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New England Weather This Week: Calm and Warming

The week starts off chilly, but a warming trend is likely as the week progresses. The week will also be very quiet and tranquil, at least until the end, when a system likely pushes through the region. Here's the details:


An area of low pressure to New England's north will drag its cold front across the region this morning. This will help keep New England under a north-westerly flow and chilly for the day. The front will bring a very dry air mass into New England, leading to a mostly sunny day for most of New England. Eastern Maine will see more clouds due to the departing system.

High pressure begins to build in on Monday and will dominate New England's weather for much of this week. This will keep the weather very quiet and dry with nothing of note to speak of during this time frame. Highs will be in the 20s and 30s. Morning lows will be cold, ranging from around zero in the higher elevations to the low 20s in southern New England.


By Wednesday, the polar jet stream will begin to retreat north. High pressure will move to New England's east, allowing a southerly flow. This will help temperatures climb quickly on Wednesday after a cold start for most.

More mild air that's across the center of the country will gradually spill eastward, signaling a warming trend for the rest of the week. Highs will jump above average on Wednesday, into the 30s north and 40s south. Thursday will be very similar, but likely ticking a notch warmer.

Wednesday should see another day of mostly sunny to partly cloudy skies. Thursday will see clouds increase ahead of a storm system entering New England Thursday night. This system is looking to be more on the mild side, but some mixing and snow could occur at the onset Thursday night in the higher elevations.


The system sliding in on Thursday night will likely spread precipitation from west to east during the day on Friday. This does look to be a more mild system for most, with mainly rain showers for southern New England and areas closer to the coast. As expected at this time, there remains a spread in guidance among major models.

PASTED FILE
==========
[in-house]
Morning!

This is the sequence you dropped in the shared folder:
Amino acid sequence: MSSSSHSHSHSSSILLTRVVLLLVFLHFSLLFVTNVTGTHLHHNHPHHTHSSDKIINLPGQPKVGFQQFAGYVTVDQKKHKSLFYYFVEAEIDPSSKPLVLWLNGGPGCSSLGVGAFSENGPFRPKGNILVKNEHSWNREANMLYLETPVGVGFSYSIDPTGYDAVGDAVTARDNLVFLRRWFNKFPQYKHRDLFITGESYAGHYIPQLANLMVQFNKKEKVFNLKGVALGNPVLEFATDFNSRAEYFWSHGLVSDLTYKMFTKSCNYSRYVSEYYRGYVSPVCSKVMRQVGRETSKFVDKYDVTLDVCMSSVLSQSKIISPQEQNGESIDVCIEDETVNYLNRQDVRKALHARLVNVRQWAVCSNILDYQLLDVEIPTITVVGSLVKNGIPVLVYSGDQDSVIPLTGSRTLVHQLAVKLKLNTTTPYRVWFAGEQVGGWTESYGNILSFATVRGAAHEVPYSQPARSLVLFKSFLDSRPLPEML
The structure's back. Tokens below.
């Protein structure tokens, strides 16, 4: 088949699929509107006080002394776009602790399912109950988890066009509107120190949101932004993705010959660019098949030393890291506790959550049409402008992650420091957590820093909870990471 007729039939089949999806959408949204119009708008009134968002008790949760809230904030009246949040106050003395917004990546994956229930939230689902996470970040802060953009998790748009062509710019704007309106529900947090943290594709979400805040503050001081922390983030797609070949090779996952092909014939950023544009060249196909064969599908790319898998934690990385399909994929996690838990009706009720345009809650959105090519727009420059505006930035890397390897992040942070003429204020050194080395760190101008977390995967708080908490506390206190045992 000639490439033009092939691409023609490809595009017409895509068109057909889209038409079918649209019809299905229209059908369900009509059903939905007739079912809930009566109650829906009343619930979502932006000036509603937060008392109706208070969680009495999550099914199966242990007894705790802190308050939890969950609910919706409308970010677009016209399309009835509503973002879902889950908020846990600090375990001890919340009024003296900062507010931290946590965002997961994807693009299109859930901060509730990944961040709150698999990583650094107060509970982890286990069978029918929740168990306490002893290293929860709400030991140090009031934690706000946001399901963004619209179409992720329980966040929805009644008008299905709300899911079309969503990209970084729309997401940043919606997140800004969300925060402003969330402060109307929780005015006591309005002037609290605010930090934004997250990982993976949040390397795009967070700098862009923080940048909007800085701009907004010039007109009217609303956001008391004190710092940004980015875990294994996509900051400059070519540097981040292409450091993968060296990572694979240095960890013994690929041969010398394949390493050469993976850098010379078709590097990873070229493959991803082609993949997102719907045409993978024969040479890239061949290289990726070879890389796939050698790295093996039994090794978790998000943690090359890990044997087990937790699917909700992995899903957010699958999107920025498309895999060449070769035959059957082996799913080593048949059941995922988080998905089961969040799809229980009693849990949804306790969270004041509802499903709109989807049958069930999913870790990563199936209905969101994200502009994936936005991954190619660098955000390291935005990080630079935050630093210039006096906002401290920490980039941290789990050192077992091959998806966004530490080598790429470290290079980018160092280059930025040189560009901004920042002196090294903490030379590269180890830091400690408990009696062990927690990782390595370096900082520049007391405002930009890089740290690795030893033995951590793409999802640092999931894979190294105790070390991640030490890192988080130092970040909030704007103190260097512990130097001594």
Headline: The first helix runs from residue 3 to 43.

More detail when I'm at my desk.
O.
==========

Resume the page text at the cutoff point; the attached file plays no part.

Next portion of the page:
As always, we need to watch for a surface, coastal low to form. This would support a colder storm and more widespread frozen precipitation. As of now, it does look like the areas that have the best chance at seeing some frozen precipitation will be interior portions of northern New England, particularly the higher elevations.

While the system needs to be watched for the rest of the week to get details, this system could see snow or mixing at the start in higher elevations before a changeover to rain takes over for nearly everyone by Friday afternoon.

Overall, this system does appear to be a quick-moving system without blocking in place to keep the system around. As of now, signals are not showing an overly impactful system as northern and southern streams fail to phase. As always, we need to watch the trends throughout the week.

Model roundup (Euro, GFS, CMC and ICON) for Friday afternoon. As always, don't take any one of these verbatim at this point:


The most certain part about this late week system is that it will help usher in a colder air mass once again for the weekend. Highs will likely drop off to the 20s north and 30s south after the mild end to the work week. This will come as a cold front gets dragged across New England, returning the region to a northerly flow. The weekend looks dry at this time, except for some typical upslope snow showers in the mountains.

Weather map for Saturday morning:


The post-system cool down does appear to be very short-lived as early indications do show temperatures rebounding back to above average levels for the end of February and week two of New England's school vacation weeks. The weekend cool down looks to be more of a brief anomaly in the long-term pattern.



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